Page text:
Temporal cues and an innate determination drive these ambitions fliers to travel as far north as the Canadian border. In the search for milkweed and favorable temperatures – possibly to avoid disease pressures – monarchs fly north to reproduce and recolonize across North America each year.

They leave overwintering grounds in Mexico in early spring. Along their route the monarchs will mate and reproduce. Their lives are lived within a short couple weeks, and their offspring will continue the migration northwards in search of food and milkweed.

When the seasons shift in late summer and early fall, the last generation of monarchs will begin a southbound journey, instinctively traveling to wintering sites in Mexico (there are a few populations that overwinter in California and Florida – but the large majority are thought to return to Mexico). This generation will be responsible for making the longest trek of the migration to wintering grounds. These monarchs enter reproductive diapause – the state where the body will temporarily pause reproduction – until the following spring. These monarchs will spend the winter roosting in trees in Mexico until spring when they will take up the first leg of the relay north.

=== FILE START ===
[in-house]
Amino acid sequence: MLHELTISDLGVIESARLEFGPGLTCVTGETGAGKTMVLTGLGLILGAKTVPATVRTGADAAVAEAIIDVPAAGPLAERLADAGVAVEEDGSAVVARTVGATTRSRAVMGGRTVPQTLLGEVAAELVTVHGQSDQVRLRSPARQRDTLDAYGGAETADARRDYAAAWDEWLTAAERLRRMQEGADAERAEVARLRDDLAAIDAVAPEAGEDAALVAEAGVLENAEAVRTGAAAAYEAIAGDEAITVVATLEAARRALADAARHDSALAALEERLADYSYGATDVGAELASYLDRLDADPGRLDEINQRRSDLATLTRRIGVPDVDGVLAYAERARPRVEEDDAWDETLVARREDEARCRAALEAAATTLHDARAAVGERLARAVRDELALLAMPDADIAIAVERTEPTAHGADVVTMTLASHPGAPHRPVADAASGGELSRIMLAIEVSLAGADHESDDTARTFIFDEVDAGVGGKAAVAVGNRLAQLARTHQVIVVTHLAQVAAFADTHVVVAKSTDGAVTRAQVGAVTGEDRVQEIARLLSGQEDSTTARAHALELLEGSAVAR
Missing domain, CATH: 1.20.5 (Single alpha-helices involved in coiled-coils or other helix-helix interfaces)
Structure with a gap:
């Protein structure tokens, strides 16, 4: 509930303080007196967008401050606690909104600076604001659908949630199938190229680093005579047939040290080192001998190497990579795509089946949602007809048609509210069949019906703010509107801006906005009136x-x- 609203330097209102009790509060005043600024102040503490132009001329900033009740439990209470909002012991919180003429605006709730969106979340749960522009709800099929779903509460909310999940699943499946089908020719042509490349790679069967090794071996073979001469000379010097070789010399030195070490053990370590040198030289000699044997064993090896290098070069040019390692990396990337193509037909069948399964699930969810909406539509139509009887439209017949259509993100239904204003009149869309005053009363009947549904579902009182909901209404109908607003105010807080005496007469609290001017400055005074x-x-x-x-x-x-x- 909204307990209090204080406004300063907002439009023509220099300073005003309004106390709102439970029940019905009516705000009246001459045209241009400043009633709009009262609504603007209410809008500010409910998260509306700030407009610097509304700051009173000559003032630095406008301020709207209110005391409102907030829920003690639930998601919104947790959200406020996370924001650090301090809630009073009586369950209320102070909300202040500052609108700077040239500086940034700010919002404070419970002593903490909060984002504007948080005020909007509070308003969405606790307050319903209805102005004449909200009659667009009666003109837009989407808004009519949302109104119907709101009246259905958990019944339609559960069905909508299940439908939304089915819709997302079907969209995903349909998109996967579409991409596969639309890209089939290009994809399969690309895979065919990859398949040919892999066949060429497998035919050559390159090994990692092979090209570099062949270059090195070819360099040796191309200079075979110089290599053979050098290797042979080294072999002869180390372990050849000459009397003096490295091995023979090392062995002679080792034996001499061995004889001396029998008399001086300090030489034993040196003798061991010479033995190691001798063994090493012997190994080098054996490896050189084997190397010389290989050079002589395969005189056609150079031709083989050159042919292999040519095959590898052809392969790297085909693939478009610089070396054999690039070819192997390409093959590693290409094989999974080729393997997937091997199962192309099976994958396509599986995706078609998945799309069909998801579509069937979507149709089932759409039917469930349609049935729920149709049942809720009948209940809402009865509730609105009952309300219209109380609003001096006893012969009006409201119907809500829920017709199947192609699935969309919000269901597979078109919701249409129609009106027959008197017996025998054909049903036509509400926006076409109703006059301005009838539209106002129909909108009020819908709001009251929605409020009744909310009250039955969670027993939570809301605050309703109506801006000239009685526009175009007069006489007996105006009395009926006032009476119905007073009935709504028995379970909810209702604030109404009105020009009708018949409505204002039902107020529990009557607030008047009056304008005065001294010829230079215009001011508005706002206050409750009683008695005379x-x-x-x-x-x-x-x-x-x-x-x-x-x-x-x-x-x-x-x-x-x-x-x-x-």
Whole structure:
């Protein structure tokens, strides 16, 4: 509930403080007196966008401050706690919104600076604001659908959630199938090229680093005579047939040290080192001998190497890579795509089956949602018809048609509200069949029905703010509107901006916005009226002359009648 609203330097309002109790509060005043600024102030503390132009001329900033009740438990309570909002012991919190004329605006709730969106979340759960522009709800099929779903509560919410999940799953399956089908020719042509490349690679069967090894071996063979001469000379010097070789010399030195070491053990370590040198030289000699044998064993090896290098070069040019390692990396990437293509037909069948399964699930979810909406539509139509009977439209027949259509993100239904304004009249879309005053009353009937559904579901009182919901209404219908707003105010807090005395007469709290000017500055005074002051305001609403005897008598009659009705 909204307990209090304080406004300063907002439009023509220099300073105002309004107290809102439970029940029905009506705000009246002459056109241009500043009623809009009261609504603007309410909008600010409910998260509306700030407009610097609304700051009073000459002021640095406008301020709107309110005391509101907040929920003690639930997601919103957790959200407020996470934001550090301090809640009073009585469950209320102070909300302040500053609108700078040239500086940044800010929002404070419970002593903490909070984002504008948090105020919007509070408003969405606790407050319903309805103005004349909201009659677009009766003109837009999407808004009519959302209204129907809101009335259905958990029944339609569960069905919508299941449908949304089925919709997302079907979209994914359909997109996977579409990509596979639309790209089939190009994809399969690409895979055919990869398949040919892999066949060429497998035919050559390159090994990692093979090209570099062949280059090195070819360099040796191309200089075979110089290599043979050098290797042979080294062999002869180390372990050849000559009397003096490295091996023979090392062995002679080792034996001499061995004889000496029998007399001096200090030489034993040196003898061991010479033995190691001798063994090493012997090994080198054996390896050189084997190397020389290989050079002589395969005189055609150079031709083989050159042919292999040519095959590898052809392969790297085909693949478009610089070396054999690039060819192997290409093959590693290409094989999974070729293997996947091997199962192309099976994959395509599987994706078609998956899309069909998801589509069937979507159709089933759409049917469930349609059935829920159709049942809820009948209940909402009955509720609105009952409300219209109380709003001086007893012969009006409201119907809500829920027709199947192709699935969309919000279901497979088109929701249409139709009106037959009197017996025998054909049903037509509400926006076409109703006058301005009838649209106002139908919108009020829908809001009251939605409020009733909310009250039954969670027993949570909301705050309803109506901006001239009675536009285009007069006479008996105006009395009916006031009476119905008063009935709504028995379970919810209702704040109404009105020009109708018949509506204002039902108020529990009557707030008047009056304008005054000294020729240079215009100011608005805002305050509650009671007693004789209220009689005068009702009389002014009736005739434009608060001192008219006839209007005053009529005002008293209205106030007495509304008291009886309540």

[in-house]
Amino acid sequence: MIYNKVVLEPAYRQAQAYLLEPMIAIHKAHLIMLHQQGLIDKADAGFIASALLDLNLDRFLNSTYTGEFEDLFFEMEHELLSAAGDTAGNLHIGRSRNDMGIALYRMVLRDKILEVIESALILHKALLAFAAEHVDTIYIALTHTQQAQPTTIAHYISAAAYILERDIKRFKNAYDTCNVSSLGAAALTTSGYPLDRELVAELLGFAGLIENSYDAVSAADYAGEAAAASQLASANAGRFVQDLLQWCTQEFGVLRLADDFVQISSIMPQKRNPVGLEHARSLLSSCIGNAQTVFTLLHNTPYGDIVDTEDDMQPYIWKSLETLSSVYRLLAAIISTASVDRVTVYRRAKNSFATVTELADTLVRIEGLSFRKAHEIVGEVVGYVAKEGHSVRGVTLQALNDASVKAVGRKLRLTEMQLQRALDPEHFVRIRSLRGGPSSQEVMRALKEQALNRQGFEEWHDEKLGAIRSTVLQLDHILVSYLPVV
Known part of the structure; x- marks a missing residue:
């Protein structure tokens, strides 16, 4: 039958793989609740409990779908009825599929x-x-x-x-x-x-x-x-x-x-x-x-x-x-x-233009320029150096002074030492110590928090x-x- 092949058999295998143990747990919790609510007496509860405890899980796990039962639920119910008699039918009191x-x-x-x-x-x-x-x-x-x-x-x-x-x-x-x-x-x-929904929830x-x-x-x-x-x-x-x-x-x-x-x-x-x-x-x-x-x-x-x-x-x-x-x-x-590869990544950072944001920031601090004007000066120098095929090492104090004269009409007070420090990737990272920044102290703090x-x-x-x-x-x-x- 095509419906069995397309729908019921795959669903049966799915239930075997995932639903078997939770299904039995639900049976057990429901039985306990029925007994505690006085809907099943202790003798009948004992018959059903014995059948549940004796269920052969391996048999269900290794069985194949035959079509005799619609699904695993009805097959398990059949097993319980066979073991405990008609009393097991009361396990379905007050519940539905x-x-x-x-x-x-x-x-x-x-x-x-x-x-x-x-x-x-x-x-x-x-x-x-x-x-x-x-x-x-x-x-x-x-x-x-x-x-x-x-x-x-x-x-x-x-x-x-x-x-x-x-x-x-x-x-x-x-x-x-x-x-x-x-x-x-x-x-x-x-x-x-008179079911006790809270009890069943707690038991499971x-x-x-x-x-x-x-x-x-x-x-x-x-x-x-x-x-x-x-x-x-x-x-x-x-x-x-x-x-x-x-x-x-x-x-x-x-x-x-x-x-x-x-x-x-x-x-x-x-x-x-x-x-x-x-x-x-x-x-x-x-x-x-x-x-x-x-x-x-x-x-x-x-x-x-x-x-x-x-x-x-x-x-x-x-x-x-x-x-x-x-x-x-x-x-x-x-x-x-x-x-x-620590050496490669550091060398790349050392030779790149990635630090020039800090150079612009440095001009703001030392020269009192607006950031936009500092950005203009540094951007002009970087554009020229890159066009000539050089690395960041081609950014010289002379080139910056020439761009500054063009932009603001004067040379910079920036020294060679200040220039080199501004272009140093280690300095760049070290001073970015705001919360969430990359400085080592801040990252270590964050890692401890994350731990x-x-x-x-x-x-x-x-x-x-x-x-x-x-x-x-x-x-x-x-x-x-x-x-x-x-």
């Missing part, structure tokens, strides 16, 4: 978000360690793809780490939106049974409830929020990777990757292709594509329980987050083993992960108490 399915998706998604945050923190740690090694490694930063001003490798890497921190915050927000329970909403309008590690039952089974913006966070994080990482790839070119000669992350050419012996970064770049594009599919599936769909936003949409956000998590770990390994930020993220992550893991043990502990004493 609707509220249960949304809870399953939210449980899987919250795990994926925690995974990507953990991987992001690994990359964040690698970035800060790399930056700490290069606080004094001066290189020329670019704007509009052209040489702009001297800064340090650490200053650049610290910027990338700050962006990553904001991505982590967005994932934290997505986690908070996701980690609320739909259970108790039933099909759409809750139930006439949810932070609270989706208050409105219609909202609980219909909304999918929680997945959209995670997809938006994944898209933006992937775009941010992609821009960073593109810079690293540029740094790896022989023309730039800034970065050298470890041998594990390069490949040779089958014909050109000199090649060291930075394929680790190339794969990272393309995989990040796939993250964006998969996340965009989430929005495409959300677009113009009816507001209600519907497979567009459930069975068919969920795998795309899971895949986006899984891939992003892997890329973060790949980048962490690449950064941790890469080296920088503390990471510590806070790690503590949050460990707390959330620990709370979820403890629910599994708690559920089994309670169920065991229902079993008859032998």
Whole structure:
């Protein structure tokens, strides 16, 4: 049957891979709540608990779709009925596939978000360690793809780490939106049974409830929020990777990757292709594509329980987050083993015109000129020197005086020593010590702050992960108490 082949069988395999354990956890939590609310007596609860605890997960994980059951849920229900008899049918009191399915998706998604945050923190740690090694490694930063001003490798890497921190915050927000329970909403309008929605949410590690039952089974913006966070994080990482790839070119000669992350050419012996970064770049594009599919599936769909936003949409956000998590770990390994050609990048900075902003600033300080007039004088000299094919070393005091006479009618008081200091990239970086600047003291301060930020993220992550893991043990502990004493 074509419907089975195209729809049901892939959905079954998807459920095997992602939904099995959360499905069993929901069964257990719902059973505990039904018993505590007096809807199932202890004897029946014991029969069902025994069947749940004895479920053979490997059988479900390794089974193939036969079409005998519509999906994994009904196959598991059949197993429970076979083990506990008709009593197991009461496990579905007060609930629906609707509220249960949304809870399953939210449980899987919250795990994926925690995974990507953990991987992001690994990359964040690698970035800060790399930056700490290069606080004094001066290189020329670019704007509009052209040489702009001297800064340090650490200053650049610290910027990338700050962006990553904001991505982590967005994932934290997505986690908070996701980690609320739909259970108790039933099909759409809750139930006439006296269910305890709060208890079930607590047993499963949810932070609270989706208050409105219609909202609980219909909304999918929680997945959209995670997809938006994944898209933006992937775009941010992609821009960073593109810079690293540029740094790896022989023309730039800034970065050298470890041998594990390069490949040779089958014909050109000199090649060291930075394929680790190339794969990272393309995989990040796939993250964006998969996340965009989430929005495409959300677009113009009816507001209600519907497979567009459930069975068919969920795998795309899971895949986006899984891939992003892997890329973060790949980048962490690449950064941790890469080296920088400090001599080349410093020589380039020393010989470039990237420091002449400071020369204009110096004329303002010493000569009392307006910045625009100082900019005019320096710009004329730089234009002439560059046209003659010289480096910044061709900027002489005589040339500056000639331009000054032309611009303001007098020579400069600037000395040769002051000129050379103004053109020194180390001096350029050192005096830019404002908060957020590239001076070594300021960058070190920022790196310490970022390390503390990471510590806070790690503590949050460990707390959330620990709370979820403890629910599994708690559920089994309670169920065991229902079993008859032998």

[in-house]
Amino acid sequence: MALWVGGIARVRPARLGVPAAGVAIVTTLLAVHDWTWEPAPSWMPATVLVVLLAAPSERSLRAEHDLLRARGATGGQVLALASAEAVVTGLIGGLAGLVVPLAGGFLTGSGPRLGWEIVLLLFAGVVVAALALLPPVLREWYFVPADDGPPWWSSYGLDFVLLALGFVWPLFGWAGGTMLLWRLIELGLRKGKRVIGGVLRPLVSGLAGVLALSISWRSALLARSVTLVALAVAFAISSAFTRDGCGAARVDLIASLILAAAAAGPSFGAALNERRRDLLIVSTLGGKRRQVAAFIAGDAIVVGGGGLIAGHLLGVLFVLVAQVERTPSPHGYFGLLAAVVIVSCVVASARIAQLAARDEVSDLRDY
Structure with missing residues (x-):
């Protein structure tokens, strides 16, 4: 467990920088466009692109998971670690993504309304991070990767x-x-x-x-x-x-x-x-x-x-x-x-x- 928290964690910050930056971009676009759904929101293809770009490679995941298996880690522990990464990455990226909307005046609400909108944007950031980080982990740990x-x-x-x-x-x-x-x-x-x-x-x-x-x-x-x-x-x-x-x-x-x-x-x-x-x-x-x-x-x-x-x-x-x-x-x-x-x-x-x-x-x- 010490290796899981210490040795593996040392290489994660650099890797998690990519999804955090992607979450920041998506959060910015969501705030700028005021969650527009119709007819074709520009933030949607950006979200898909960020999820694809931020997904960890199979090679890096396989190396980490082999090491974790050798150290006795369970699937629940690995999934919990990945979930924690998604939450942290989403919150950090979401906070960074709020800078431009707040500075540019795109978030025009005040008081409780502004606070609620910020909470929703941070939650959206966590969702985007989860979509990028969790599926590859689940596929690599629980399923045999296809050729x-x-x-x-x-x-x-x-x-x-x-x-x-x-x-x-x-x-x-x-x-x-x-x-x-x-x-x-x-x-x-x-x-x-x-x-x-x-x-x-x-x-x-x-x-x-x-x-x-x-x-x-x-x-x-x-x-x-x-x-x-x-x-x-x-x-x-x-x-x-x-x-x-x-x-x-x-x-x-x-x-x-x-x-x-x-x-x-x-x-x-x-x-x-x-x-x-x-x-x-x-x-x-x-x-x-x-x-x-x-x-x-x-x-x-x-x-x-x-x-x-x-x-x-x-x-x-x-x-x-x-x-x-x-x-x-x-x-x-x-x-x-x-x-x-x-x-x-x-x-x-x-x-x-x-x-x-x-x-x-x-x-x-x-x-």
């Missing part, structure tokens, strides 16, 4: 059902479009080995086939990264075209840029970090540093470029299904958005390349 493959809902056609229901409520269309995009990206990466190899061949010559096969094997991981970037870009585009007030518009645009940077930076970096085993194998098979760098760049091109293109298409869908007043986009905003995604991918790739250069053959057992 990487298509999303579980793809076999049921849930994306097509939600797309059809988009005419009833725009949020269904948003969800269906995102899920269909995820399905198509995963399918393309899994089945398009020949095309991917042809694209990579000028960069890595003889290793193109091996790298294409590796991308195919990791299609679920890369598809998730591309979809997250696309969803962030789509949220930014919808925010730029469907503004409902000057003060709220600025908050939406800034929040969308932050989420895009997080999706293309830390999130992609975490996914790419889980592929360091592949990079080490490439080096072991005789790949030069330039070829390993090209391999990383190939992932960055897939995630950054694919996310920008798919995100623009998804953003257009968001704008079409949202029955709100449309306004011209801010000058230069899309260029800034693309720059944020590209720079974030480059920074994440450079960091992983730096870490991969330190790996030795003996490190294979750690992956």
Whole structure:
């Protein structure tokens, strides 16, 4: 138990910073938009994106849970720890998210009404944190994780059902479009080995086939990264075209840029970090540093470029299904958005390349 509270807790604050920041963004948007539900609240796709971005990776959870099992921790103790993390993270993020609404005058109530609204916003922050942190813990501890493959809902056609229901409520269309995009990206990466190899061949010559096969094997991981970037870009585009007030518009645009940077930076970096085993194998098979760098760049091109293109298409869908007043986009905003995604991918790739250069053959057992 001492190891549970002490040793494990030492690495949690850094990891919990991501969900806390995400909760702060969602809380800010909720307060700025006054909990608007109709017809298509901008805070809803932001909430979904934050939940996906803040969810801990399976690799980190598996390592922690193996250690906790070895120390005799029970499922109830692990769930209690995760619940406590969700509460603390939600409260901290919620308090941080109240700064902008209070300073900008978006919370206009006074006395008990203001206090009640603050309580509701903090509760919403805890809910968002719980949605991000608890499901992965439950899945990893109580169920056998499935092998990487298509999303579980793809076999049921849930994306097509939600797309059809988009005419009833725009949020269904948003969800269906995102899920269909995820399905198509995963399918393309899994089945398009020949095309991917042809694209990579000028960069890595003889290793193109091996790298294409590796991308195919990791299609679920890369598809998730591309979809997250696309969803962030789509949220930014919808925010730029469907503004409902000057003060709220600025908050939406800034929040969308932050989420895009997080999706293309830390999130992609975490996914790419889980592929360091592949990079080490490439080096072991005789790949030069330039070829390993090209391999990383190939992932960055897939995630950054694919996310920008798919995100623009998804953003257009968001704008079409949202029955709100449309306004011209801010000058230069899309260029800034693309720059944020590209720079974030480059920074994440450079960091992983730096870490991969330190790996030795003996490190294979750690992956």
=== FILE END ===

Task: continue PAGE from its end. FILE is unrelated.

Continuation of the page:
This last generation from the previous year now makes up the first generation of the present year – and will pass the baton on to their offspring as the cycle starts anew.

The role of the Garden State

So what part does New Jersey play in the grand scheme of this massive population?